in the latest instalment of our speaker video series, here Debra Ward, Managing Director of events & hospitality group Camm & Hooper,
discusses Learning & Development and how they focus on motivating and retaining staff.
With thanks to our talented content partner Kontenthaus for the production & delivery.
In the next of our Speaker Snippets video series where we talk to our esteemed Events Events panellists and speakers – we asked David Jenkinson, Editor-in-Chief and Managing Director of C21 Media to impart his advice to events companies.
With many thanks to our superb content partner Kontenthaus for their production.
Charmaine Russell, Head of Conference Production at AMI, gives us the benefit of her experience on perfecting the art of chairing a conference.
Chairing a conference can be an intimidating prospect. Faced with a sea of expectant faces the podium can feel a very lonely place, and knowing that the smooth and timely running of the event sits squarely on your shoulders is daunting.
Chairing duties were thrust upon me just a few short months into my role at AMI and my learning curve was steep. Fast forward 4 years and I have now had the opportunity to chair over 25 of our packaging-related conferences spanning Europe, the U.S., Asia and the Middle East. Having learnt the hard way, here are my top tips to help make the experience as enjoyable as possible.
Practice your opening address or at least the first paragraph to build your confidence. Delivering this well will help to settle those nerves.
Know the key information. Check with the conference organisers on items such as planned fire alarms, where the coffee/lunch breaks are being held, who the sponsors are and what the WiFi password is.
Familiarise yourself with the technology. Find out how the microphones, powerpoint clicker etc. work – both for your peace of mind when you are speaking, as well as being able to remind and assist speakers when the inevitable nerves kick in.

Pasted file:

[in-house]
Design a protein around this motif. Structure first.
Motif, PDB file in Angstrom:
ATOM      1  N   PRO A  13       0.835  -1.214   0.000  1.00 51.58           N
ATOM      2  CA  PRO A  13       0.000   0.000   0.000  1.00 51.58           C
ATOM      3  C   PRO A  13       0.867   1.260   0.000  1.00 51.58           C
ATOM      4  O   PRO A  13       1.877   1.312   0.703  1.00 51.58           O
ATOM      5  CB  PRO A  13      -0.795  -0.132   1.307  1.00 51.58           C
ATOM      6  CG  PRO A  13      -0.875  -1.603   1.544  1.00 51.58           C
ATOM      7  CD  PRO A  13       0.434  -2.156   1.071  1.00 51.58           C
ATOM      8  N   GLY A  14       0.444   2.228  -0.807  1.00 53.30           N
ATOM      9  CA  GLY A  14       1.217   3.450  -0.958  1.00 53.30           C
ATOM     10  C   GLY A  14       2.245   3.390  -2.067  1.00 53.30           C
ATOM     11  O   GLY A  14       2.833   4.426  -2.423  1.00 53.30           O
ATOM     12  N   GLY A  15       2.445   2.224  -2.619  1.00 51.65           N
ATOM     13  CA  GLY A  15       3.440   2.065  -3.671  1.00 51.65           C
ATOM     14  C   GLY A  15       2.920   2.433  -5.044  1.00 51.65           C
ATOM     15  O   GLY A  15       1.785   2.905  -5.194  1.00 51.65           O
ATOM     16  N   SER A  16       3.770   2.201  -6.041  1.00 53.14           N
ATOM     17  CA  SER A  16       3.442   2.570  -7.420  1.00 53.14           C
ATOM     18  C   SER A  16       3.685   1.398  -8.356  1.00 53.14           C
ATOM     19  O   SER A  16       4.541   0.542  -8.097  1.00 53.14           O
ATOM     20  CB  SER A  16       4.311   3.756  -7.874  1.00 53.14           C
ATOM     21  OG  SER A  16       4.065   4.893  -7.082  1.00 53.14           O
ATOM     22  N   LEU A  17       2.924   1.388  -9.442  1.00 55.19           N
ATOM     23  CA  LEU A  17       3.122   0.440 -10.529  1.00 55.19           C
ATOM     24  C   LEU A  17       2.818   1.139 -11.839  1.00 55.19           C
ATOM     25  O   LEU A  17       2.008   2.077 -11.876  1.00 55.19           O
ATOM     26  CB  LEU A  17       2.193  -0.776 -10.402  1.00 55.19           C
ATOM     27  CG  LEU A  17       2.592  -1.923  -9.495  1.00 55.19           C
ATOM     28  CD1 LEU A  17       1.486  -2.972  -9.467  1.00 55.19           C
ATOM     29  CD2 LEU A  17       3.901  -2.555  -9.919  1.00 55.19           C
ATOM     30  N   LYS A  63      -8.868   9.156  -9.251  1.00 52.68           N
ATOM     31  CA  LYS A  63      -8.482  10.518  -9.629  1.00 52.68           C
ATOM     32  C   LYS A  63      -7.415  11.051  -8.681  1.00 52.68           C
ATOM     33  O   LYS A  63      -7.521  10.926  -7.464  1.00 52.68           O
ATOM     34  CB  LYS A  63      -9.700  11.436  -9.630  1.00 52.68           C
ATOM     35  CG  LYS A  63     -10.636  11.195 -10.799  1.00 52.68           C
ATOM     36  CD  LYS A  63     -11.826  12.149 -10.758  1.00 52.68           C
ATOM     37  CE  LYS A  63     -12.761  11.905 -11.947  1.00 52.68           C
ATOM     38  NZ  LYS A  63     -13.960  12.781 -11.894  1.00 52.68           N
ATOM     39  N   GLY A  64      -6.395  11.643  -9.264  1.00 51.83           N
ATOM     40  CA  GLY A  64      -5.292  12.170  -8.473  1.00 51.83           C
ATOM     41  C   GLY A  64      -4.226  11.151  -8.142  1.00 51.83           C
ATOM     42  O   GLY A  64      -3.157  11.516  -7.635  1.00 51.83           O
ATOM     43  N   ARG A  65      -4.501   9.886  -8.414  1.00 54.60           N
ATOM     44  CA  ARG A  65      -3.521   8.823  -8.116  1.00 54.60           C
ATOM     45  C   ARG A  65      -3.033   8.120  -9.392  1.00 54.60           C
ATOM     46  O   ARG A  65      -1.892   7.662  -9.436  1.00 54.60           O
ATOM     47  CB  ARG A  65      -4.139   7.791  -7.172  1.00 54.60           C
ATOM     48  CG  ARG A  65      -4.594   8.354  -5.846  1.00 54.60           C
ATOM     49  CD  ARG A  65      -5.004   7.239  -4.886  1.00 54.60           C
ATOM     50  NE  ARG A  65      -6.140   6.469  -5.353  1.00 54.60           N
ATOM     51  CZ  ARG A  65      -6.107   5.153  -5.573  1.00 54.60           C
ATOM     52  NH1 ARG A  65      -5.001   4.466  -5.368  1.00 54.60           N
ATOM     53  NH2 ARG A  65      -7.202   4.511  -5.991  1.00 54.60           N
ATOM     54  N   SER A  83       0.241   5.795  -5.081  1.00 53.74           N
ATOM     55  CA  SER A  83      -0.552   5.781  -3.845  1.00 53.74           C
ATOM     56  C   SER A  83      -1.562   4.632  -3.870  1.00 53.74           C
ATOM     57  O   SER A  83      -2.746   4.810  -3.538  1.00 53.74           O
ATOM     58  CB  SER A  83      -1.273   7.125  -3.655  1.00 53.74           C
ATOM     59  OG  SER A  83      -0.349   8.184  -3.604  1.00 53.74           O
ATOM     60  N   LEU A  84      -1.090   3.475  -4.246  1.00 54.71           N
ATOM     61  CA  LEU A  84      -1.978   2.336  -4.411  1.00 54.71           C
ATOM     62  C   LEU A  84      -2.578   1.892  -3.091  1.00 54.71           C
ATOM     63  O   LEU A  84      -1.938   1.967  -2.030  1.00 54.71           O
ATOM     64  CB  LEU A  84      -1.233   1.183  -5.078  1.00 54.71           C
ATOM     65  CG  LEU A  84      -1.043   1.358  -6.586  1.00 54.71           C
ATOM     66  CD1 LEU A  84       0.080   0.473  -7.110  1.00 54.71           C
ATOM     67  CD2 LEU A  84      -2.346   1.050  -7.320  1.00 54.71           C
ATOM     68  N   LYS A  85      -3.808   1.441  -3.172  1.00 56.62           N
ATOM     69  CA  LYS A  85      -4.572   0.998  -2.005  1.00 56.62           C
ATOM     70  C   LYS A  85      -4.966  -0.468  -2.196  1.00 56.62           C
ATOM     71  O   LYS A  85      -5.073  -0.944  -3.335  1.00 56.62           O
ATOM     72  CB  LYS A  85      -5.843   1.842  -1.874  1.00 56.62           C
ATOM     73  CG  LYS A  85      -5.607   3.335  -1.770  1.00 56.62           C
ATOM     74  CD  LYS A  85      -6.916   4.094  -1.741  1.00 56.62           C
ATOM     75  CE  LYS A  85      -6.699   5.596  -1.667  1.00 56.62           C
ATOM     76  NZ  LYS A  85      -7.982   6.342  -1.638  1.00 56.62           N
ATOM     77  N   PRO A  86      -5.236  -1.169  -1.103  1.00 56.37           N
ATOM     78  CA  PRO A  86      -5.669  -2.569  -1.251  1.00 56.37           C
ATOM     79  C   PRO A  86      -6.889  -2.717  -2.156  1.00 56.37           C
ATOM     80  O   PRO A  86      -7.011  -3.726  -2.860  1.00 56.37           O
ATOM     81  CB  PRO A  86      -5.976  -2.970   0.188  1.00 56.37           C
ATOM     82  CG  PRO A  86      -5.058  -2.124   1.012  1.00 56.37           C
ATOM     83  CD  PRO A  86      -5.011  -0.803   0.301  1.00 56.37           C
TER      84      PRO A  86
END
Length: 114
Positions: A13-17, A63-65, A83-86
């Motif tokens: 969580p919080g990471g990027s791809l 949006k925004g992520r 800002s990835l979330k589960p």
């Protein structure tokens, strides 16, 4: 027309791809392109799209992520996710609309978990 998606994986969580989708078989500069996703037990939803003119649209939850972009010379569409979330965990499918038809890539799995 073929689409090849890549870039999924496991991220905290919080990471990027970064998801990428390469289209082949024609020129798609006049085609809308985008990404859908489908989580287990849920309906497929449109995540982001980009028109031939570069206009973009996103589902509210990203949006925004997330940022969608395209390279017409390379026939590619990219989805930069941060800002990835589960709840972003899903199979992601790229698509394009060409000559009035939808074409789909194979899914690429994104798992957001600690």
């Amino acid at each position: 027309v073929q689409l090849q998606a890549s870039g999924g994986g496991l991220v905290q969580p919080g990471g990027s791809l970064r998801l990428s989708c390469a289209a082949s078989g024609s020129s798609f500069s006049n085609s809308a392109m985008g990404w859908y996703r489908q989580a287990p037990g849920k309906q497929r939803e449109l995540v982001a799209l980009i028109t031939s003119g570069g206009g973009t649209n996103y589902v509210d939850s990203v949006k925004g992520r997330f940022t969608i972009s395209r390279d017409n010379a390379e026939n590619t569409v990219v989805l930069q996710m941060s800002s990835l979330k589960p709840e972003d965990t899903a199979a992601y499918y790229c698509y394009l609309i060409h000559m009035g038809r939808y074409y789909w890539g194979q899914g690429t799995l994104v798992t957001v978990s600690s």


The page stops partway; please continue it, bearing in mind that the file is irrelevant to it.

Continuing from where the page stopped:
Tailor to the audience. Think about the region you are presenting in and if you need to adapt your style/wording appropriately – for instance saying cell/mobile phone.
Practice difficult names. Some names can be real tongue twisters or it won’t be clear how they should be pronounced. Double check with the speak if you’re unsure – in the heat of the moment you might not get it 100% right, but at least you know you gave it your best shot.
Time each presentation. I use the stopwatch on my phone (make sure its set to silent!) to time each presentation to ensure each speaker gets their fair time on stage. Also keep an eye on how many slides each speaker has left so you can decide if you need to prompt them to finish.
Open up the debate. At AMI we open the floor to questions at the end of each presentation. Some audiences are shy to ask questions until the chair has asked the first one, so ask to see the papers ahead of time so you can plan at least one question for each speaker. If you can’t think of a question try asking the speaker beforehand if they can suggest something for you to ask them. Encourage debate but if it starts going around in circles then it’s time to politely move the discussion on!
Keep some essentials close to hand. Things I always have with me include water and throat sweets to fend off a dry throat or the dreaded tickly cough; tissues (you never know when you might need them!); headache tablets (the days can be long and tiring); a notepad & pen and a hard copy of the conference proceedings (if available).